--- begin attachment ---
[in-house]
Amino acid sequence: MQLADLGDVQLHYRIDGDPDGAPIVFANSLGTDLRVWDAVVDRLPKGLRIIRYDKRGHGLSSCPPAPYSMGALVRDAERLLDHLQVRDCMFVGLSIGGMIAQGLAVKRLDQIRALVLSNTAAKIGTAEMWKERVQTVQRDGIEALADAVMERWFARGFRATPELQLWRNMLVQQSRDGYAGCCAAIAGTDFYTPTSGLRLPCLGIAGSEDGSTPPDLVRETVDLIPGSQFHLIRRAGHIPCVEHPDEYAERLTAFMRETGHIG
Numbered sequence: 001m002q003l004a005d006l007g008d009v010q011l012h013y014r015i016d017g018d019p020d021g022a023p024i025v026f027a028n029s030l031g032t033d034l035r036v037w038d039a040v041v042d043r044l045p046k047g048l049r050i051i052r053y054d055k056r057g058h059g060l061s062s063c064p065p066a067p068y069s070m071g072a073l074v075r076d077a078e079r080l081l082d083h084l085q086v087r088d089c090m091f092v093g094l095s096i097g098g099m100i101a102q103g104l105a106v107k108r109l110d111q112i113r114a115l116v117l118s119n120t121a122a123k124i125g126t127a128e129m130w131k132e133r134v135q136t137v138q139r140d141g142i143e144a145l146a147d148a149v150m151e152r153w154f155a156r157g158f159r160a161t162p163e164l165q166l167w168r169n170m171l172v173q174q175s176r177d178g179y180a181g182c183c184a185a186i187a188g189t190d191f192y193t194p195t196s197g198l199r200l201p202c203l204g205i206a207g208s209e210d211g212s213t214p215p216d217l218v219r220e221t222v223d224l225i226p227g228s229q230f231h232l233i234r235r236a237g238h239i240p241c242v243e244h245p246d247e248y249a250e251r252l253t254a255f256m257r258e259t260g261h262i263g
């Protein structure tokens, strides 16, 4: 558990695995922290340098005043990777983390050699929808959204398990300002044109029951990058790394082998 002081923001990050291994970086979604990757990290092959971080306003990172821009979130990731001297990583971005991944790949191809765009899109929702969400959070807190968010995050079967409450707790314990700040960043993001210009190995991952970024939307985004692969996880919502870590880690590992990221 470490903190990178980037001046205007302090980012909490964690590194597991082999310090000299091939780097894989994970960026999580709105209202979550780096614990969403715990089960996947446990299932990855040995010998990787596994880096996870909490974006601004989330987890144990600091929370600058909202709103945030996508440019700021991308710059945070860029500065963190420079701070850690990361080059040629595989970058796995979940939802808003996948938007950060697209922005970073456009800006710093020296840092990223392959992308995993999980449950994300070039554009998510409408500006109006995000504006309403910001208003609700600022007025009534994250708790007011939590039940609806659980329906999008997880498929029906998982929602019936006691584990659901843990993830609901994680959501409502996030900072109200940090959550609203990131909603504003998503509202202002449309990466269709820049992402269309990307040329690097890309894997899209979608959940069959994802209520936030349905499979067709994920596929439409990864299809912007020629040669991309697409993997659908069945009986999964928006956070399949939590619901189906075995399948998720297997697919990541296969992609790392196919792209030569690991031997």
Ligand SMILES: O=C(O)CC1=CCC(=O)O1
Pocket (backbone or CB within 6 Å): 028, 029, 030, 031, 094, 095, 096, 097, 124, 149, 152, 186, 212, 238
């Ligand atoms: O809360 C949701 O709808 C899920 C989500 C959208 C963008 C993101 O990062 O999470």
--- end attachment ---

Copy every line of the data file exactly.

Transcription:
[in-house]
Amino acid sequence: MQLADLGDVQLHYRIDGDPDGAPIVFANSLGTDLRVWDAVVDRLPKGLRIIRYDKRGHGLSSCPPAPYSMGALVRDAERLLDHLQVRDCMFVGLSIGGMIAQGLAVKRLDQIRALVLSNTAAKIGTAEMWKERVQTVQRDGIEALADAVMERWFARGFRATPELQLWRNMLVQQSRDGYAGCCAAIAGTDFYTPTSGLRLPCLGIAGSEDGSTPPDLVRETVDLIPGSQFHLIRRAGHIPCVEHPDEYAERLTAFMRETGHIG
Numbered sequence: 001m002q003l004a005d006l007g008d009v010q011l012h013y014r015i016d017g018d019p020d021g022a023p024i025v026f027a028n029s030l031g032t033d034l035r036v037w038d039a040v041v042d043r044l045p046k047g048l049r050i051i052r053y054d055k056r057g058h059g060l061s062s063c064p065p066a067p068y069s070m071g072a073l074v075r076d077a078e079r080l081l082d083h084l085q086v087r088d089c090m091f092v093g094l095s096i097g098g099m100i101a102q103g104l105a106v107k108r109l110d111q112i113r114a115l116v117l118s119n120t121a122a123k124i125g126t127a128e129m130w131k132e133r134v135q136t137v138q139r140d141g142i143e144a145l146a147d148a149v150m151e152r153w154f155a156r157g158f159r160a161t162p163e164l165q166l167w168r169n170m171l172v173q174q175s176r177d178g179y180a181g182c183c184a185a186i187a188g189t190d191f192y193t194p195t196s197g198l199r200l201p202c203l204g205i206a207g208s209e210d211g212s213t214p215p216d217l218v219r220e221t222v223d224l225i226p227g228s229q230f231h232l233i234r235r236a237g238h239i240p241c242v243e244h245p246d247e248y249a250e251r252l253t254a255f256m257r258e259t260g261h262i263g
């Protein structure tokens, strides 16, 4: 558990695995922290340098005043990777983390050699929808959204398990300002044109029951990058790394082998 002081923001990050291994970086979604990757990290092959971080306003990172821009979130990731001297990583971005991944790949191809765009899109929702969400959070807190968010995050079967409450707790314990700040960043993001210009190995991952970024939307985004692969996880919502870590880690590992990221 470490903190990178980037001046205007302090980012909490964690590194597991082999310090000299091939780097894989994970960026999580709105209202979550780096614990969403715990089960996947446990299932990855040995010998990787596994880096996870909490974006601004989330987890144990600091929370600058909202709103945030996508440019700021991308710059945070860029500065963190420079701070850690990361080059040629595989970058796995979940939802808003996948938007950060697209922005970073456009800006710093020296840092990223392959992308995993999980449950994300070039554009998510409408500006109006995000504006309403910001208003609700600022007025009534994250708790007011939590039940609806659980329906999008997880498929029906998982929602019936006691584990659901843990993830609901994680959501409502996030900072109200940090959550609203990131909603504003998503509202202002449309990466269709820049992402269309990307040329690097890309894997899209979608959940069959994802209520936030349905499979067709994920596929439409990864299809912007020629040669991309697409993997659908069945009986999964928006956070399949939590619901189906075995399948998720297997697919990541296969992609790392196919792209030569690991031997």
Ligand SMILES: O=C(O)CC1=CCC(=O)O1
Pocket (backbone or CB within 6 Å): 028, 029, 030, 031, 094, 095, 096, 097, 124, 149, 152, 186, 212, 238
């Ligand atoms: O809360 C949701 O709808 C899920 C989500 C959208 C963008 C993101 O990062 O999470």